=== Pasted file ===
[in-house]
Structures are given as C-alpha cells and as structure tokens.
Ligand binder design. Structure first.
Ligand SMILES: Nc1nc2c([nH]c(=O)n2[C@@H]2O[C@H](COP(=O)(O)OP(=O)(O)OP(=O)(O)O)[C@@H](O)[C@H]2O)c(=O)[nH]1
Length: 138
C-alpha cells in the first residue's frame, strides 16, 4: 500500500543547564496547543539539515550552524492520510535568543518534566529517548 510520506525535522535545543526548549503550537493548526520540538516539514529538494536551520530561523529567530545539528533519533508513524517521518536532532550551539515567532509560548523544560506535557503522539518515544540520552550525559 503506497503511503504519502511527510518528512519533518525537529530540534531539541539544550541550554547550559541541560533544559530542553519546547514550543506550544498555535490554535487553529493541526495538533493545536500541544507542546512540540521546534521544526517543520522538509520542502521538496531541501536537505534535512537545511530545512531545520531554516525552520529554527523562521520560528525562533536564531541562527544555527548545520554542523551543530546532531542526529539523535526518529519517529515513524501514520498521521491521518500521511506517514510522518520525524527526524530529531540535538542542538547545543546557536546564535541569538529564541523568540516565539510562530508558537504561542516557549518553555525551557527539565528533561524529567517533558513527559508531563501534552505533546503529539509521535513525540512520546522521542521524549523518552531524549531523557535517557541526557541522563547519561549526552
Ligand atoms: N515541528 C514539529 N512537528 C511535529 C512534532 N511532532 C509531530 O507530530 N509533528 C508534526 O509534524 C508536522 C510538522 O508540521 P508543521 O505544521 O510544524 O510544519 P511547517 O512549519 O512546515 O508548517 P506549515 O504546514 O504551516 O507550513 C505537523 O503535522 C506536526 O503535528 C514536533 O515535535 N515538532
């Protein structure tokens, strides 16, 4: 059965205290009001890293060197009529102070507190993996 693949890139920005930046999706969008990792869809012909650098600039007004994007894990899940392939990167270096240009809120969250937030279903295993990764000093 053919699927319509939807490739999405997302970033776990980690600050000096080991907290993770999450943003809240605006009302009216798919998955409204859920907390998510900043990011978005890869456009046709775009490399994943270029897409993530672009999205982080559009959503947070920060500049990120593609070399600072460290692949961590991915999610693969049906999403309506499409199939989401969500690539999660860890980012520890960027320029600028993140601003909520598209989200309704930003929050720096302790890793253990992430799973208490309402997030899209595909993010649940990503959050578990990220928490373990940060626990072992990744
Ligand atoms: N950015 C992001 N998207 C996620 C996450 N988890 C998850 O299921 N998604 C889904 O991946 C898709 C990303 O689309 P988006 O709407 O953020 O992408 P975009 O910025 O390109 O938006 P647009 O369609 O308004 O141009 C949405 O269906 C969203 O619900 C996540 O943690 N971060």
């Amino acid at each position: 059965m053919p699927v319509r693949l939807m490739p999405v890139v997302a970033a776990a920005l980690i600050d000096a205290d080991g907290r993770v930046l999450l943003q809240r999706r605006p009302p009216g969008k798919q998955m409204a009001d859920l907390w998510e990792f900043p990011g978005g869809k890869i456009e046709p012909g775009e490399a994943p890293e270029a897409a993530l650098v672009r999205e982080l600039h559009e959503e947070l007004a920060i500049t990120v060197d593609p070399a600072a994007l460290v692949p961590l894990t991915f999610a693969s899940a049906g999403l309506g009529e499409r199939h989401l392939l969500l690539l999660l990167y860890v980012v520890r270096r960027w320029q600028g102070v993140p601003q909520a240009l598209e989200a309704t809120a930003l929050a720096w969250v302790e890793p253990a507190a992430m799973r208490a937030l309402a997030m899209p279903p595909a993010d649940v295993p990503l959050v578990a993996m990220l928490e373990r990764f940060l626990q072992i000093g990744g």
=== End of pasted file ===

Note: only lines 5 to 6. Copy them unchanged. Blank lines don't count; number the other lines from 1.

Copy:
Length: 138
C-alpha cells in the first residue's frame, strides 16, 4: 500500500543547564496547543539539515550552524492520510535568543518534566529517548 510520506525535522535545543526548549503550537493548526520540538516539514529538494536551520530561523529567530545539528533519533508513524517521518536532532550551539515567532509560548523544560506535557503522539518515544540520552550525559 503506497503511503504519502511527510518528512519533518525537529530540534531539541539544550541550554547550559541541560533544559530542553519546547514550543506550544498555535490554535487553529493541526495538533493545536500541544507542546512540540521546534521544526517543520522538509520542502521538496531541501536537505534535512537545511530545512531545520531554516525552520529554527523562521520560528525562533536564531541562527544555527548545520554542523551543530546532531542526529539523535526518529519517529515513524501514520498521521491521518500521511506517514510522518520525524527526524530529531540535538542542538547545543546557536546564535541569538529564541523568540516565539510562530508558537504561542516557549518553555525551557527539565528533561524529567517533558513527559508531563501534552505533546503529539509521535513525540512520546522521542521524549523518552531524549531523557535517557541526557541522563547519561549526552